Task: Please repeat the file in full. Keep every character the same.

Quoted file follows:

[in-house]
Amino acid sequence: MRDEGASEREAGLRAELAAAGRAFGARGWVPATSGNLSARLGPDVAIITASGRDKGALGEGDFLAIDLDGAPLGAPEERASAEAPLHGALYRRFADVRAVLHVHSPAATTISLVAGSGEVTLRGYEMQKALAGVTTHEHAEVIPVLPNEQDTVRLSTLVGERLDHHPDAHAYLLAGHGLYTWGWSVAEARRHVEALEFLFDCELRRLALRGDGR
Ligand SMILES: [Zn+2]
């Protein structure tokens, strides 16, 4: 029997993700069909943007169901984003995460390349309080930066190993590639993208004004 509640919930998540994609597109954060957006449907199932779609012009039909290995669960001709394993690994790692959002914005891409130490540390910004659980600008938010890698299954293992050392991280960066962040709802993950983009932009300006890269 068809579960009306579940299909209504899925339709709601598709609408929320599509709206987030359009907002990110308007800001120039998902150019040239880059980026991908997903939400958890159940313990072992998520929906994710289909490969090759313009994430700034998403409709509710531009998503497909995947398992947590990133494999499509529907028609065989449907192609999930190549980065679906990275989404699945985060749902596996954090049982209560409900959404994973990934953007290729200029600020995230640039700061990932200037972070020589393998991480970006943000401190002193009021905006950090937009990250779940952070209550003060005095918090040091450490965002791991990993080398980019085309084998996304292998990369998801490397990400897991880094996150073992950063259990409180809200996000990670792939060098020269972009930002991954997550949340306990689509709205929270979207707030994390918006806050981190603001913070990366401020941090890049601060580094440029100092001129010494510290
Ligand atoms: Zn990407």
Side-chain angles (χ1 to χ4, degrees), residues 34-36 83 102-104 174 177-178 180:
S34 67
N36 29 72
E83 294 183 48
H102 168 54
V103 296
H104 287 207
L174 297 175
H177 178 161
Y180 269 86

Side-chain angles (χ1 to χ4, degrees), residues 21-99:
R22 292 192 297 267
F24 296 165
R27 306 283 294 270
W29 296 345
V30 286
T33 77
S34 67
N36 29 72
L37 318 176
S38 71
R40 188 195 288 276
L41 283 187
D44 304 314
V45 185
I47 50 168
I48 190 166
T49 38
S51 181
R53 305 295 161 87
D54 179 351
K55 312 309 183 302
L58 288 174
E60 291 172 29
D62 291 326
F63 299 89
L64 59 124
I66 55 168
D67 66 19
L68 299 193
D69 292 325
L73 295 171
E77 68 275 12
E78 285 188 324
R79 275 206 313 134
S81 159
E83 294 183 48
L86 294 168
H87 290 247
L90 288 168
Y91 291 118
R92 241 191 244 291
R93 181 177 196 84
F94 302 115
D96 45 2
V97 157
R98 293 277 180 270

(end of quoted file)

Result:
[in-house]
Amino acid sequence: MRDEGASEREAGLRAELAAAGRAFGARGWVPATSGNLSARLGPDVAIITASGRDKGALGEGDFLAIDLDGAPLGAPEERASAEAPLHGALYRRFADVRAVLHVHSPAATTISLVAGSGEVTLRGYEMQKALAGVTTHEHAEVIPVLPNEQDTVRLSTLVGERLDHHPDAHAYLLAGHGLYTWGWSVAEARRHVEALEFLFDCELRRLALRGDGR
Ligand SMILES: [Zn+2]
């Protein structure tokens, strides 16, 4: 029997993700069909943007169901984003995460390349309080930066190993590639993208004004 509640919930998540994609597109954060957006449907199932779609012009039909290995669960001709394993690994790692959002914005891409130490540390910004659980600008938010890698299954293992050392991280960066962040709802993950983009932009300006890269 068809579960009306579940299909209504899925339709709601598709609408929320599509709206987030359009907002990110308007800001120039998902150019040239880059980026991908997903939400958890159940313990072992998520929906994710289909490969090759313009994430700034998403409709509710531009998503497909995947398992947590990133494999499509529907028609065989449907192609999930190549980065679906990275989404699945985060749902596996954090049982209560409900959404994973990934953007290729200029600020995230640039700061990932200037972070020589393998991480970006943000401190002193009021905006950090937009990250779940952070209550003060005095918090040091450490965002791991990993080398980019085309084998996304292998990369998801490397990400897991880094996150073992950063259990409180809200996000990670792939060098020269972009930002991954997550949340306990689509709205929270979207707030994390918006806050981190603001913070990366401020941090890049601060580094440029100092001129010494510290
Ligand atoms: Zn990407």
Side-chain angles (χ1 to χ4, degrees), residues 34-36 83 102-104 174 177-178 180:
S34 67
N36 29 72
E83 294 183 48
H102 168 54
V103 296
H104 287 207
L174 297 175
H177 178 161
Y180 269 86

Side-chain angles (χ1 to χ4, degrees), residues 21-99:
R22 292 192 297 267
F24 296 165
R27 306 283 294 270
W29 296 345
V30 286
T33 77
S34 67
N36 29 72
L37 318 176
S38 71
R40 188 195 288 276
L41 283 187
D44 304 314
V45 185
I47 50 168
I48 190 166
T49 38
S51 181
R53 305 295 161 87
D54 179 351
K55 312 309 183 302
L58 288 174
E60 291 172 29
D62 291 326
F63 299 89
L64 59 124
I66 55 168
D67 66 19
L68 299 193
D69 292 325
L73 295 171
E77 68 275 12
E78 285 188 324
R79 275 206 313 134
S81 159
E83 294 183 48
L86 294 168
H87 290 247
L90 288 168
Y91 291 118
R92 241 191 244 291
R93 181 177 196 84
F94 302 115
D96 45 2
V97 157
R98 293 277 180 270